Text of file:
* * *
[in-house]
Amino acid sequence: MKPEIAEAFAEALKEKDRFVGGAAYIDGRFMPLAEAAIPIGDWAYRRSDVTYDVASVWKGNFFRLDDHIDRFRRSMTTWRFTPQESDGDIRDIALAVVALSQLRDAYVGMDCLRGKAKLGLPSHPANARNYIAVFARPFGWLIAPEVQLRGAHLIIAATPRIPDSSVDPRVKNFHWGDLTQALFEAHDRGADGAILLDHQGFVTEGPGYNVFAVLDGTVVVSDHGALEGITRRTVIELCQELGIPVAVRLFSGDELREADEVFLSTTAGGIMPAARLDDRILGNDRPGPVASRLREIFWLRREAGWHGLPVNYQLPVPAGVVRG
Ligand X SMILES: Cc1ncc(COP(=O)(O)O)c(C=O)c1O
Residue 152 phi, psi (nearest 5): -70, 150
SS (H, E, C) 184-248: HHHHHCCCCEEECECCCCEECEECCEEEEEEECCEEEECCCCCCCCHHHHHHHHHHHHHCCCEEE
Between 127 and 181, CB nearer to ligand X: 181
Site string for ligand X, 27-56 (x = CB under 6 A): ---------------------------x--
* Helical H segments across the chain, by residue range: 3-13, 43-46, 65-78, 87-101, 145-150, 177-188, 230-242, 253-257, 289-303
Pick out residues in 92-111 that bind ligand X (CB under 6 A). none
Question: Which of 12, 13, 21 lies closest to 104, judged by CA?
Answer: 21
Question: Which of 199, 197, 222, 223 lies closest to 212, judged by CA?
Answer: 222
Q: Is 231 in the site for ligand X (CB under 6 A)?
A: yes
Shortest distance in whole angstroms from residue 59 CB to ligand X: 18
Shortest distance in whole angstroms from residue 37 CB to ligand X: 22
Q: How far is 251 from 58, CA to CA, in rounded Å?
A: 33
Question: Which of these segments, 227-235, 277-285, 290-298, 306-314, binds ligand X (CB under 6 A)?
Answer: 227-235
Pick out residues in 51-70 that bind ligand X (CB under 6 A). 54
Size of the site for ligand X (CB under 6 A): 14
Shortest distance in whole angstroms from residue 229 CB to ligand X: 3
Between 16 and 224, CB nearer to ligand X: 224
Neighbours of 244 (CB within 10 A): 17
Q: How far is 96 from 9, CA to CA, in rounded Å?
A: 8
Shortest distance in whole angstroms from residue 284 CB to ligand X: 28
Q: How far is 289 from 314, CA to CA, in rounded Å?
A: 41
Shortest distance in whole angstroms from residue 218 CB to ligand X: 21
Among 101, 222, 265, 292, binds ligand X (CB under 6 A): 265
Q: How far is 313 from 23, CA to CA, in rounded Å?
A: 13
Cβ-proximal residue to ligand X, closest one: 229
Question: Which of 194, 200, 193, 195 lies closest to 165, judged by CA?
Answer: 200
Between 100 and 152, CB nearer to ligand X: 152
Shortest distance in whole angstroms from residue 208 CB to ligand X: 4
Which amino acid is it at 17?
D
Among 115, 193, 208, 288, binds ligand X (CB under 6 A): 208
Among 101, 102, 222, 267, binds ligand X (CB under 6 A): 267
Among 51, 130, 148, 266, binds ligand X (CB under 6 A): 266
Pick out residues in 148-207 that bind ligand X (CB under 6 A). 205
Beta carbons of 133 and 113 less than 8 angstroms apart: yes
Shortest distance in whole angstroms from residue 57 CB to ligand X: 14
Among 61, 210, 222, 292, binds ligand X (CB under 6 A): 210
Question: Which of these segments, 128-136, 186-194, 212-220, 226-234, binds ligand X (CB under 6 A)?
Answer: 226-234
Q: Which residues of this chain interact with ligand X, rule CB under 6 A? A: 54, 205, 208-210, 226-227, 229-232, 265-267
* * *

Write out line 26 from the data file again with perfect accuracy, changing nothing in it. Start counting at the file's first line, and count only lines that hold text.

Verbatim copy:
Neighbours of 244 (CB within 10 A): 17